Week One- Ian Wilkins
April 16, 2010, 4:51 pm
Filed under: Dirty Deeds Done Dirt Cheap Collective

Thinking about the basement as an ‘art-tomb’

by Ian Wilkins 

This is the first residency in which a collective group of artists have been given the chance to make work in response to the basement space. Our immediate aim for the first week was to transform the basement into a more comfortable environment for making work – the usual furniture moving and comfort accessories materialising as the first few days progressed. Once we had settled and begun the standard musings over ’what to do’,  I began to think about the ways in which the basement would impact on my current work, but also how it would influence on the group as a collective experience.

I have become increasingly more interested in the hidden aspect of the project and the casual revealing of work as people become aware and step down to take a look. My initial thoughts regarding the project were hinged on the idea of a basement being a place where objects or social practices are concealed and revealed at various points. This idea then led me to think about my working method, particularly regarding my use of appropriate material and their alteration.

A few weeks previously I had picked up a book on Manchester University’s autopsy of their mummified collection held in their natural history museum.  The photographic documentation of this event combined with a series of compelling radiographic prints captivated me, with this book remaining in the studio for a number of weeks. The means of appropriation has become a consistent working method within my practice – I enjoy sourcing inspiration from objects and books collected whilst on my everyday travels. It is often the case that my encounter with such material is because of my interest in graphical image and that certain objects display imagery that I find visually interesting, or that suggest an ambiguity regarding its meaning to contemporary society.

Charity shops, boot sales and other second-hand sources are therefore ‘hotspots’ for finding hidden visual treasures that feed my imagination and evoke response.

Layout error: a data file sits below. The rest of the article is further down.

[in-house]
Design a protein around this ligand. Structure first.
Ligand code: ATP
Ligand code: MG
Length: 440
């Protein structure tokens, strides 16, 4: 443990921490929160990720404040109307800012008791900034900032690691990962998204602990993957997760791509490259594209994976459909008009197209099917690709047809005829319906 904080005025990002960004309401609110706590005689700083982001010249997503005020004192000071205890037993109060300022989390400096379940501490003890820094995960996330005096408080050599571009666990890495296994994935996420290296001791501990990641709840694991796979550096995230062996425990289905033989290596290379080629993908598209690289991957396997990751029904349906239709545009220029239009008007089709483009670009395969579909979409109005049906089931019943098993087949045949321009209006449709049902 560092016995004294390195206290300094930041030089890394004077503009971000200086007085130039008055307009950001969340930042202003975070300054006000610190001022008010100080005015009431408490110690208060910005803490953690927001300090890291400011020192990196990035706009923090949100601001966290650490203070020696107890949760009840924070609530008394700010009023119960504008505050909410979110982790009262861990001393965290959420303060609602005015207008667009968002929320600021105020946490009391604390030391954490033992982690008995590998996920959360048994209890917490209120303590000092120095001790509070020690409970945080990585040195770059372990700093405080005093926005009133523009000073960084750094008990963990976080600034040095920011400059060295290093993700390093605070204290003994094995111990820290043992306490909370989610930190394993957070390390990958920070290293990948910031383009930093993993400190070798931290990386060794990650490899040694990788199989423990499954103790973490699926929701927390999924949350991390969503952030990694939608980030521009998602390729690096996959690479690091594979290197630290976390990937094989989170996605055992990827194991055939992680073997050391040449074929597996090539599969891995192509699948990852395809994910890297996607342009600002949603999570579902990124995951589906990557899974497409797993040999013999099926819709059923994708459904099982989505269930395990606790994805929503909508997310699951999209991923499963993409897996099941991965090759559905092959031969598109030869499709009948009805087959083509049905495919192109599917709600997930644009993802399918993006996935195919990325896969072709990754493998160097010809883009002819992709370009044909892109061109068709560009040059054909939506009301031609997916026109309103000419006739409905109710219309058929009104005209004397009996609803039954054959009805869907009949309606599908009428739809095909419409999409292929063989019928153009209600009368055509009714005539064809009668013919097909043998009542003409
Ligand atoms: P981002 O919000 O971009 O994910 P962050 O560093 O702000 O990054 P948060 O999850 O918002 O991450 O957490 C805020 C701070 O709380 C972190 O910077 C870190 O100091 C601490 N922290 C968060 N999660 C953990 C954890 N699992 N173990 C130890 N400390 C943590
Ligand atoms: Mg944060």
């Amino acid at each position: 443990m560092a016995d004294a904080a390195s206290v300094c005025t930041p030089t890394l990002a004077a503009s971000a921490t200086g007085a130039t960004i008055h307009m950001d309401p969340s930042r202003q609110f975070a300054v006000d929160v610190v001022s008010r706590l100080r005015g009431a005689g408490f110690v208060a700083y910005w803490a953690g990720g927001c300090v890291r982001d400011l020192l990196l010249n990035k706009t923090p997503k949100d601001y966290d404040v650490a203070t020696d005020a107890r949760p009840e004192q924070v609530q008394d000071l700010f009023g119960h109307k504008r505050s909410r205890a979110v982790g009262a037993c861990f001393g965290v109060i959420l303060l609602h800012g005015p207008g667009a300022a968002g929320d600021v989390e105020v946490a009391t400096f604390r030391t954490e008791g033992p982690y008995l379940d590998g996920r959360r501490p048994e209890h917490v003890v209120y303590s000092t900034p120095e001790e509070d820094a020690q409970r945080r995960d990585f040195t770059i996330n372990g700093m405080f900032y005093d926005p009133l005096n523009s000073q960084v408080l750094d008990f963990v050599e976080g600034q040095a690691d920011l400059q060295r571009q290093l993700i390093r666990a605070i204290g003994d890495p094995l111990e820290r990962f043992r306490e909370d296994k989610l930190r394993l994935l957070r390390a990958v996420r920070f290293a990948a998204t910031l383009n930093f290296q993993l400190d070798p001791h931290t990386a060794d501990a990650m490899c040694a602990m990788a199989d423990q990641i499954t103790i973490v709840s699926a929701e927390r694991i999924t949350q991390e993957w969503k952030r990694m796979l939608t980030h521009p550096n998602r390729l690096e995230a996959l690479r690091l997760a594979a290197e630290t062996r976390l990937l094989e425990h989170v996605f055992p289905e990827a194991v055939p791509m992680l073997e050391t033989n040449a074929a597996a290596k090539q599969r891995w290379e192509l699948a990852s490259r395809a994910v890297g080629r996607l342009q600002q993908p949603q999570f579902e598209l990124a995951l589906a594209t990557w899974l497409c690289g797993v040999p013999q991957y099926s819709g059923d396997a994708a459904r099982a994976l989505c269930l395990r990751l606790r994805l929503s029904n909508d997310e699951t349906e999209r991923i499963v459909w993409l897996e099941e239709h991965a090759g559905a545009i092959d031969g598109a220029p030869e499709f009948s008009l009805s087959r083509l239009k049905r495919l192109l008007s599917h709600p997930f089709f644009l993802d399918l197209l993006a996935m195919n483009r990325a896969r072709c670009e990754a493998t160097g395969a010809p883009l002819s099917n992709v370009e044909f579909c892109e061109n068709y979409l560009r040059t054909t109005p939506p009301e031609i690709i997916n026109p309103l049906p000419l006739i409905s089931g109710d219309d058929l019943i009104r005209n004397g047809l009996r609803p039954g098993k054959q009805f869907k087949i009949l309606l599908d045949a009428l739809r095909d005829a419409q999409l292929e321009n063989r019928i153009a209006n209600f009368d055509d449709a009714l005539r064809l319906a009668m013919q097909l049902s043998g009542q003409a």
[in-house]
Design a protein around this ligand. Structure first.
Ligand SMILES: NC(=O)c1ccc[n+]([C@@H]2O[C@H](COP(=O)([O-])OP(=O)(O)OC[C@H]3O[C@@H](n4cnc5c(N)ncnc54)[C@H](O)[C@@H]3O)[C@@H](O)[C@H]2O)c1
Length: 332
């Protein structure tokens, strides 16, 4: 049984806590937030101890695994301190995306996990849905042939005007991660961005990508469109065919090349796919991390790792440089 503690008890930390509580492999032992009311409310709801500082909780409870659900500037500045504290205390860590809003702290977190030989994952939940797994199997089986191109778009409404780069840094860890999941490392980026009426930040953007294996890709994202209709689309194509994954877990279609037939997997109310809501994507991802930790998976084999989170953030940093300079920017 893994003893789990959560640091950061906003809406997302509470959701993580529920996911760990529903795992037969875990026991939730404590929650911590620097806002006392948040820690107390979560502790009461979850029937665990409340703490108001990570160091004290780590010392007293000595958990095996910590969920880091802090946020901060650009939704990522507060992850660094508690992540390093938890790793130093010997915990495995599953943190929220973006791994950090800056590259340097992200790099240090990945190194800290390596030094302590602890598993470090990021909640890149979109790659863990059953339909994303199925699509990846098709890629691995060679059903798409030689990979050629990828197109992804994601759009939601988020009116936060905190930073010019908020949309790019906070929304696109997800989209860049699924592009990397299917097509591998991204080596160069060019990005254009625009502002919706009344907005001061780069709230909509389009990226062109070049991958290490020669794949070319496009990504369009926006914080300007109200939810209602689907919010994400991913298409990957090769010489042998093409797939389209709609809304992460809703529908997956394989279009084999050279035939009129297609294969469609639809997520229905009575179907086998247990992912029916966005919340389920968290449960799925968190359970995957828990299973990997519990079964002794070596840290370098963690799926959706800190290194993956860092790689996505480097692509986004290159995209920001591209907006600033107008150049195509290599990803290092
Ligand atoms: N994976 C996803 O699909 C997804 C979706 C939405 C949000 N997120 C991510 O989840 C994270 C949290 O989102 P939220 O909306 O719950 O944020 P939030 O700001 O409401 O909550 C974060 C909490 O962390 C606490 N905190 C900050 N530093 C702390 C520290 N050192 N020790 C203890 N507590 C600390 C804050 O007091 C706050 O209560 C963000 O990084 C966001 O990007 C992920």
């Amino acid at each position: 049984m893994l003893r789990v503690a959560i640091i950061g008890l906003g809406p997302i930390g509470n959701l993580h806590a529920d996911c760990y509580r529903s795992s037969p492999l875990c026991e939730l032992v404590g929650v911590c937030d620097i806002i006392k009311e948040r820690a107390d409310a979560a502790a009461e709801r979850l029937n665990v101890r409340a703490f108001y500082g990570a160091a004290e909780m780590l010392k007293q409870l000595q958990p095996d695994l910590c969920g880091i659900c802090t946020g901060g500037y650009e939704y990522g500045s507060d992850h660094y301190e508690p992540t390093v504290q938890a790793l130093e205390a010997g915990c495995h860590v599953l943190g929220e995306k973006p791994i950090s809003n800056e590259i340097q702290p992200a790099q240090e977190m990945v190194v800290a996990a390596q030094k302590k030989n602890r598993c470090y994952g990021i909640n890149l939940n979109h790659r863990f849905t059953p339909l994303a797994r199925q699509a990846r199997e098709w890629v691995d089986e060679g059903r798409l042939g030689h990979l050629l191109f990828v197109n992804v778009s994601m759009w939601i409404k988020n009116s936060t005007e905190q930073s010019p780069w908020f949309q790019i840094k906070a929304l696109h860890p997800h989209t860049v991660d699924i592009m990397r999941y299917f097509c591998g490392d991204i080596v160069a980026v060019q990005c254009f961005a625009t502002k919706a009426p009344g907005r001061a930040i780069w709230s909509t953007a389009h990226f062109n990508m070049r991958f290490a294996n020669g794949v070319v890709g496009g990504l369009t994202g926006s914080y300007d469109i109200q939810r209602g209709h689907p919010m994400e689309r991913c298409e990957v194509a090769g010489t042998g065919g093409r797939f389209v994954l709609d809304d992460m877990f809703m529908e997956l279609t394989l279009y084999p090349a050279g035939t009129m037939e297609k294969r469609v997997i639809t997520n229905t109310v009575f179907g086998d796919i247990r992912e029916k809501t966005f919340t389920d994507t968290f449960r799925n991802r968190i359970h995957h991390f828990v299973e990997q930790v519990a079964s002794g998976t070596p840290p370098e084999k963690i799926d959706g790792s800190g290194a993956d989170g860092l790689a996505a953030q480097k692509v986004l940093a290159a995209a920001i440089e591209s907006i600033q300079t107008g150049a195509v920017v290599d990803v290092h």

As soon as I was invited to the residency at the gallery I instantly thought back to the book I had picked up entitled ‘mysteries of the mummies’, drawing an analogy in my head between our hidden project within the basement and that of an Egyptian tomb. This book has now been subjected to customarily methods of play and intrusion, using photomontage and pen and ink drawings to begin to form ideas that will later be realised in more carefully thought-out compositions. 

As a printmaker, my time is currently split between the basement studio, and workshop back at Howard Gardens. Already drawings and simple photo-collages that completed in the basement are already feeding their way into the print workshop transforming into more considered compositions.


Returning to the use of the basement – I was recently questioned regarding how the ‘group’ were making a response to the basement project. My answer was based on what most people experience when they find themselves in a particular place and time, within a collective group of people…

A sense of cohesion within a peer group, away from institutional rules and restrictions, with a sense of complete freedom to feed off each others own enthusiasm and enjoy making art.


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